The Daily Wire

Philomena meets the pope, Panti Bliss, floods - it's all here with Ronan McGreevy

Ronan McGreevy Wed, Feb 5
 
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  • 08:57
    Hi, I'm Ronan McGreevy and I'll be manning The Daily Wire for the day. I hope you are not under water this wild and blustery morning.
  • 09:02
    The country took another battering last night. The storm did not cause as much damageas in previous days, but it is hampering attempts to clean up around the country. Today is going to be another wet and windy day. Fermoy, Rosscarbery, Passage West are among the places where customers have no electricity.
  • 09:03
    The Anglo-Irish trial gets underway this morning and is expected to last four months. There will be huge interest in it. It have a separate blog so will not be covered on The Daily Wire.
  • 09:04
  • 09:06
    Venice is trending on Irish Twitter for no obvious reason. Anybody know why?  
  • 09:11
    Irish fans will be delighted that the redoubtable warrior Paul O'Connell is back in the green jersey for Saturday's clash against Wales which may, even at this early stage, be the decider of this season's RBS Six Nations.  
  • 09:21

    Remember the name: Clifton Hugh Lancelot de Verdon Wrottesley. How could you forget the Irish-born English aristocrat who came close to winning a medal for Ireland at the Winter Olympics in 2002. Malachy Clerkin, who is reporting on the Winter Olympics in Sochi for The Irish Times, caught up with Wrottesley in advance of the opening of the games. There is an old cliché that coming fourth is the worst place to be in an Olympic games but young Rotters has only fond memories of his odyssey. "When I look back on it, fun is all I think of. I had an absolute hoot of a time. I really had such a good time. For those two years, culminating in the Olympics, I’ve never had better experiences outside of getting married and having children. I learned so much about myself, about the world, about other people, about sport. It was the sort of thing that I could never have forgiven myself for if I hadn’t tried it.” You can read the full interview here.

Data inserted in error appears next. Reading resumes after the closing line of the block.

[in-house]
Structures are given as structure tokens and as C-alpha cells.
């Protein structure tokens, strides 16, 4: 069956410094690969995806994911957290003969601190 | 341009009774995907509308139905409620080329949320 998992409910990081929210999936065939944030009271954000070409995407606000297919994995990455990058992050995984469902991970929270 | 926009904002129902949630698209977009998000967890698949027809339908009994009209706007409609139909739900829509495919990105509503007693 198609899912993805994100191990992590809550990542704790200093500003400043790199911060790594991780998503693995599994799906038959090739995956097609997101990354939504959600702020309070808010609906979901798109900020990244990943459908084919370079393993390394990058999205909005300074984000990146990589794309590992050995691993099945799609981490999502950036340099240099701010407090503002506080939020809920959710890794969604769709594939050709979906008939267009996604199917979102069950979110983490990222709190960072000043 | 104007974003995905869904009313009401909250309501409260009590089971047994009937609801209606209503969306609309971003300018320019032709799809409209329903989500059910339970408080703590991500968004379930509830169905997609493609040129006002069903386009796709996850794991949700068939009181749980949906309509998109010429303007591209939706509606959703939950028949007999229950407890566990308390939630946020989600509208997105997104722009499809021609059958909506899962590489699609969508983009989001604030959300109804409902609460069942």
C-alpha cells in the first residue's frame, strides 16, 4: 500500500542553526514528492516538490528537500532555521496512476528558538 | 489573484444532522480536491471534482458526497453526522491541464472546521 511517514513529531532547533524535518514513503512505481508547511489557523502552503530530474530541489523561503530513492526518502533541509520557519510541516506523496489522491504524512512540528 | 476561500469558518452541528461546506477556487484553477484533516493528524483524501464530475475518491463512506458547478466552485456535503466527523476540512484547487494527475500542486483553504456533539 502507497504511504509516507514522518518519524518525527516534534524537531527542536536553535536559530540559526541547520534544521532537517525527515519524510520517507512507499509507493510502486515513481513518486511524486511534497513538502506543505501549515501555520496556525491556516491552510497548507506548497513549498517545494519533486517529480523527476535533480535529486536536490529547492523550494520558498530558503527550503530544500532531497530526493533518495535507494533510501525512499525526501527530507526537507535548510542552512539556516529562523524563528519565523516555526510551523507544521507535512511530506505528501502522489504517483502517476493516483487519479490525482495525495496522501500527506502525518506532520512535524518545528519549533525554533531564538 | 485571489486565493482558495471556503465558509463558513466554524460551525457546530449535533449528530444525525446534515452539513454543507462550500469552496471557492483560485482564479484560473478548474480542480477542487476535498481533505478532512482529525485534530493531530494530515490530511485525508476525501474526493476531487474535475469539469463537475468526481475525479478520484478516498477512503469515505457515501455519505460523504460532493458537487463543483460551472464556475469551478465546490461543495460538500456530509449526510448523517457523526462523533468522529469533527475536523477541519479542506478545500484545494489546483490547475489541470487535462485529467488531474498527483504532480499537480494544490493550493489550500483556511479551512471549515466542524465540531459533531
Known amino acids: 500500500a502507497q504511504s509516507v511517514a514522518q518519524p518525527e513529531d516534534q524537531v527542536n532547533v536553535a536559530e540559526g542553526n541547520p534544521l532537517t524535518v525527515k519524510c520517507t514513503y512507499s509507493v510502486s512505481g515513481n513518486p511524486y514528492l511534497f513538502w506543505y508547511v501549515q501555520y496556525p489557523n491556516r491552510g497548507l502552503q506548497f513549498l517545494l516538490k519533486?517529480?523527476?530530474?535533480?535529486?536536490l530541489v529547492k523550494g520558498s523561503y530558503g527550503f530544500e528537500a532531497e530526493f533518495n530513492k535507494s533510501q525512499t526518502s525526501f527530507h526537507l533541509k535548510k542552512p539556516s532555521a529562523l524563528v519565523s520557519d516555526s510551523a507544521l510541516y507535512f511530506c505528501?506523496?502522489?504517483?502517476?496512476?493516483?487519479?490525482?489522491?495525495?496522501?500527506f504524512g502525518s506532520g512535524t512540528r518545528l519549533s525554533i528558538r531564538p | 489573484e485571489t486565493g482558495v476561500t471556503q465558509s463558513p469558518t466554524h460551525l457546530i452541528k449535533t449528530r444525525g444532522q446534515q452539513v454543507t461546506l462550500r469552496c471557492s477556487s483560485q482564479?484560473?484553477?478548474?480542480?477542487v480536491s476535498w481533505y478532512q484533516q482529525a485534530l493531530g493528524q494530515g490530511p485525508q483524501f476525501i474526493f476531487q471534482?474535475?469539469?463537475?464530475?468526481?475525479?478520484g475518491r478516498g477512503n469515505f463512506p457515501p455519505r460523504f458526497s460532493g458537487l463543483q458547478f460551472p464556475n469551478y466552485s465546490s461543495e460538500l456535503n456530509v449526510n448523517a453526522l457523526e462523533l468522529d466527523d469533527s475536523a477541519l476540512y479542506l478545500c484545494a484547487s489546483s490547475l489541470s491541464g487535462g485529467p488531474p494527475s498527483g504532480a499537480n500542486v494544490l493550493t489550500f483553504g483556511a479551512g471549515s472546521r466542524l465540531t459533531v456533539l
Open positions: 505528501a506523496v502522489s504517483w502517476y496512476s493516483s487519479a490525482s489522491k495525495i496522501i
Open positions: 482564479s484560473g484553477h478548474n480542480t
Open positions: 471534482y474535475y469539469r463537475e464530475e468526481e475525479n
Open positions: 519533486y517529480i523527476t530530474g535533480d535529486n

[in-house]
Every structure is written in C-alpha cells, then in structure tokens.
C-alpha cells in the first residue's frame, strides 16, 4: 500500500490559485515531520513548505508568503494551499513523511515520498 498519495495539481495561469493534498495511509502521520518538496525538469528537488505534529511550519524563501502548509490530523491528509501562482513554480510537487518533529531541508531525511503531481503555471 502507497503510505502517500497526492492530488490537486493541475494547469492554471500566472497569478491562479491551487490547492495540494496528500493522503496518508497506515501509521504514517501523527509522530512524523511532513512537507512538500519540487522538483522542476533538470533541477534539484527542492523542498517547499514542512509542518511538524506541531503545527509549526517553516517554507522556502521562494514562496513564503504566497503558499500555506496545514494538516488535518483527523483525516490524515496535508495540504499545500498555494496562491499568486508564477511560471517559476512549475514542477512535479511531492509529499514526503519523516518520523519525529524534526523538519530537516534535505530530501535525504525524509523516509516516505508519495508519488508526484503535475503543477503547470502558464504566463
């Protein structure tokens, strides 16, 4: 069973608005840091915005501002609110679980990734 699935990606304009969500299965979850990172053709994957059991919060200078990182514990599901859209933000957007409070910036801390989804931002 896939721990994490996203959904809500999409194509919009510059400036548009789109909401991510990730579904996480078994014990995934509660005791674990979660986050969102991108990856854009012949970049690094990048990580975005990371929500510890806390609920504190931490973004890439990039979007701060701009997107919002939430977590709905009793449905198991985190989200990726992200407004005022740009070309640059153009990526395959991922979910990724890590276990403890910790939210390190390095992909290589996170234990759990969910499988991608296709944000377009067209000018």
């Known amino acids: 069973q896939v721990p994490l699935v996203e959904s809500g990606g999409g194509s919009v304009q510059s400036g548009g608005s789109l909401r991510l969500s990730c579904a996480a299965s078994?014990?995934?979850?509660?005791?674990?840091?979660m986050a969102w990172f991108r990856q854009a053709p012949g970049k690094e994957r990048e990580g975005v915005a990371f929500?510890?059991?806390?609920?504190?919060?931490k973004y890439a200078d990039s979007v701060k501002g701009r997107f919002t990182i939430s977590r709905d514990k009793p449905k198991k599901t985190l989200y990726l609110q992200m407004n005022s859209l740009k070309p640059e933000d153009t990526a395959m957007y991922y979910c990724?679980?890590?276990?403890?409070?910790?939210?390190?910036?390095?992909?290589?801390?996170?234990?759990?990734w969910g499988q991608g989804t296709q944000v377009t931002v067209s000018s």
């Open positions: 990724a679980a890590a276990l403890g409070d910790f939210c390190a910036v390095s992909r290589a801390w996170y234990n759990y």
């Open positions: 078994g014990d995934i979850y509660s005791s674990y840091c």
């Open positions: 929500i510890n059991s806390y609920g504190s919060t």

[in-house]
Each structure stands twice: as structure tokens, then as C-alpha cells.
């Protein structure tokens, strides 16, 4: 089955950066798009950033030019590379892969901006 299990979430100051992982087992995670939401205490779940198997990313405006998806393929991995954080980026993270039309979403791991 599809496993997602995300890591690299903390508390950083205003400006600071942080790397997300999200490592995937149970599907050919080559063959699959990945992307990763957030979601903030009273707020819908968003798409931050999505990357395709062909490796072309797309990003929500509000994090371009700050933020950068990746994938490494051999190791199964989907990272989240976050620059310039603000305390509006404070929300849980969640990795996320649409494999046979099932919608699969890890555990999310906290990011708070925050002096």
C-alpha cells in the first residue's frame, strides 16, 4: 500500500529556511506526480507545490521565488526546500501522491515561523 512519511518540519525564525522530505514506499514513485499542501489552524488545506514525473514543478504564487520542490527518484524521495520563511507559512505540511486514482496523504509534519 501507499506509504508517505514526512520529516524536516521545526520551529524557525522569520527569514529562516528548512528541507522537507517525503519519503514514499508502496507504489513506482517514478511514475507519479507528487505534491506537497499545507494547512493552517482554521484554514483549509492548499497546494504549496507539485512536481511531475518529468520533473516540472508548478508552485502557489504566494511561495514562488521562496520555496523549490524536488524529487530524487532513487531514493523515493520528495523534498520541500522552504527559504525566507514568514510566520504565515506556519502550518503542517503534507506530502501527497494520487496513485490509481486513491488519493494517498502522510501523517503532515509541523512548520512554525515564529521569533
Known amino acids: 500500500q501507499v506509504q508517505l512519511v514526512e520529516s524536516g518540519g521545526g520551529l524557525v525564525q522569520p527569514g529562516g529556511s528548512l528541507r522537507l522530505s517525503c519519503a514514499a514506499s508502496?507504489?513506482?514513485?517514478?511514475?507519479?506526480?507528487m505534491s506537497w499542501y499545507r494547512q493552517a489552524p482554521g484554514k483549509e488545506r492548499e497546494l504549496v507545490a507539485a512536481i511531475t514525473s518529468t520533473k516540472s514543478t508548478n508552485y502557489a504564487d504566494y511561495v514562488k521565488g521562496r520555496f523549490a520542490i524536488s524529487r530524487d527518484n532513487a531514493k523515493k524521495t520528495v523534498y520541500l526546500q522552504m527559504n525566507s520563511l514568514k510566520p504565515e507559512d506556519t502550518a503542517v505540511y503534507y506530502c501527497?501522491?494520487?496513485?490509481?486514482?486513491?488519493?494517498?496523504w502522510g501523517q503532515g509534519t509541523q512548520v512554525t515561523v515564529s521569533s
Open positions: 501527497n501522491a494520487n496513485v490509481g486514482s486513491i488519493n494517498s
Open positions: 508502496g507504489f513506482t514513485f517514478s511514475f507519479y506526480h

• 09:23
    The good economic news continues. The Investec Purchasing Managers' Index of activity in the services sector showed a reading of 61.5 in January, far above the 50 line that divides expansions in activity from contractions. This accounts for 70 per cent of the country's economic output. This is the 18th month of successive growth.  
  • 10:10

    Do 92 per cent of men really know how to change a tyre? That's according to a survey carried out by Aviva which found men claim to be much more proficient in car repairs than women.


    Asked if they knew how to check the engine oil level, 88 per cent of males said yes compared to 62 per cent of females. Almost all males surveyed, (92 per cent) said they could repair a flat or damaged tyre compared to just 44 per cent of female participants.  


    It seems men yield a superior understanding of the car electrics too with 83 per cent of them able to recognise a flat battery and jump start the car compared to only 41 per cent of women.

  • 10:14
    Given the furore over the payout to John Waters and five members of the Iona Institute, it was perhaps inevitable that RTÉ would have to break its usual silence on defamation settlements. Glen Killane has sent an internal email to RTÉ staff explaining why management decided to pay out €85,000 to the six. You can read about it here.
  • 10:16

    Here's the full text of RTÉ Television managing director Glen Killane's email to staff.  

    Colleagues,

    Over the last week a number of people have approached me questioning RTÉ’s apology to John Waters and members of the Iona Institute following the receipt of six legal complaints and you will, no doubt, have seen the ongoing debate on this subject.

    I want to reassure you that RTÉ explored every option available to it, including right of reply. Legal advice was sought and all avenues were explored, including an offer to make a donation to a neutral charity.